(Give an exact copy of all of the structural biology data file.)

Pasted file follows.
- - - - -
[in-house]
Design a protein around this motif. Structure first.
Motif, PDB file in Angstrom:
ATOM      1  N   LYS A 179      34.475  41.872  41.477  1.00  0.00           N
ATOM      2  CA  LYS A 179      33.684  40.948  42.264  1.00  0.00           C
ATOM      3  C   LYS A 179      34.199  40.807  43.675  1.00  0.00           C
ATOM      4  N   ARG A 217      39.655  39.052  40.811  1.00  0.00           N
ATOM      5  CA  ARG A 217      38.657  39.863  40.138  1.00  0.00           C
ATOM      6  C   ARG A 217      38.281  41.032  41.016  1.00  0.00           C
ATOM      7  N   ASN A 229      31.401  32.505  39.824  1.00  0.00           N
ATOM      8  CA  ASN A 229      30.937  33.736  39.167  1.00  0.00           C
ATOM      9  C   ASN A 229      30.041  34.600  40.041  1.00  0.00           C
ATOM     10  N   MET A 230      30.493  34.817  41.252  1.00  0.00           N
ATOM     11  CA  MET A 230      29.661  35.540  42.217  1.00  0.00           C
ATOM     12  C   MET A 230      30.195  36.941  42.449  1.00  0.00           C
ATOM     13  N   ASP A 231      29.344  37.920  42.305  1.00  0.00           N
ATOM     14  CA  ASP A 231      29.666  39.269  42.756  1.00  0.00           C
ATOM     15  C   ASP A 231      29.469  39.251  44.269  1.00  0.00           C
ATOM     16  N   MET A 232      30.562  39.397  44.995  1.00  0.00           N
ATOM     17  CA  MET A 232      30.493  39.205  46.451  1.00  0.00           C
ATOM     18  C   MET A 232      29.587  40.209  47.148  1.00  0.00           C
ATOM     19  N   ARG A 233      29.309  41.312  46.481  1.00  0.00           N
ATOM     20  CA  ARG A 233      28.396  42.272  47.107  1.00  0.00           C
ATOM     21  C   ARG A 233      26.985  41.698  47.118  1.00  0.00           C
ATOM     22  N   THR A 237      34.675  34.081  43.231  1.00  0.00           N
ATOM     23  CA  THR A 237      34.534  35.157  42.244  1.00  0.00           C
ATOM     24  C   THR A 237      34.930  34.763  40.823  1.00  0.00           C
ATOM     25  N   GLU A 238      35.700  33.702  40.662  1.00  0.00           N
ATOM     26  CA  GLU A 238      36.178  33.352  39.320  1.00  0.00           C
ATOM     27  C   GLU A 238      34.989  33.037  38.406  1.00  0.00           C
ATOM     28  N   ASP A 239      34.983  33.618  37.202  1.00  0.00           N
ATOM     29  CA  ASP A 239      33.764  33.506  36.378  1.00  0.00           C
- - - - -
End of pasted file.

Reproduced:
[in-house]
Design a protein around this motif. Structure first.
Motif, PDB file in Angstrom:
ATOM      1  N   LYS A 179      34.475  41.872  41.477  1.00  0.00           N
ATOM      2  CA  LYS A 179      33.684  40.948  42.264  1.00  0.00           C
ATOM      3  C   LYS A 179      34.199  40.807  43.675  1.00  0.00           C
ATOM      4  N   ARG A 217      39.655  39.052  40.811  1.00  0.00           N
ATOM      5  CA  ARG A 217      38.657  39.863  40.138  1.00  0.00           C
ATOM      6  C   ARG A 217      38.281  41.032  41.016  1.00  0.00           C
ATOM      7  N   ASN A 229      31.401  32.505  39.824  1.00  0.00           N
ATOM      8  CA  ASN A 229      30.937  33.736  39.167  1.00  0.00           C
ATOM      9  C   ASN A 229      30.041  34.600  40.041  1.00  0.00           C
ATOM     10  N   MET A 230      30.493  34.817  41.252  1.00  0.00           N
ATOM     11  CA  MET A 230      29.661  35.540  42.217  1.00  0.00           C
ATOM     12  C   MET A 230      30.195  36.941  42.449  1.00  0.00           C
ATOM     13  N   ASP A 231      29.344  37.920  42.305  1.00  0.00           N
ATOM     14  CA  ASP A 231      29.666  39.269  42.756  1.00  0.00           C
ATOM     15  C   ASP A 231      29.469  39.251  44.269  1.00  0.00           C
ATOM     16  N   MET A 232      30.562  39.397  44.995  1.00  0.00           N
ATOM     17  CA  MET A 232      30.493  39.205  46.451  1.00  0.00           C
ATOM     18  C   MET A 232      29.587  40.209  47.148  1.00  0.00           C
ATOM     19  N   ARG A 233      29.309  41.312  46.481  1.00  0.00           N
ATOM     20  CA  ARG A 233      28.396  42.272  47.107  1.00  0.00           C
ATOM     21  C   ARG A 233      26.985  41.698  47.118  1.00  0.00           C
ATOM     22  N   THR A 237      34.675  34.081  43.231  1.00  0.00           N
ATOM     23  CA  THR A 237      34.534  35.157  42.244  1.00  0.00           C
ATOM     24  C   THR A 237      34.930  34.763  40.823  1.00  0.00           C
ATOM     25  N   GLU A 238      35.700  33.702  40.662  1.00  0.00           N
ATOM     26  CA  GLU A 238      36.178  33.352  39.320  1.00  0.00           C
ATOM     27  C   GLU A 238      34.989  33.037  38.406  1.00  0.00           C
ATOM     28  N   ASP A 239      34.983  33.618  37.202  1.00  0.00           N
ATOM     29  CA  ASP A 239      33.764  33.506  36.378  1.00  0.00           C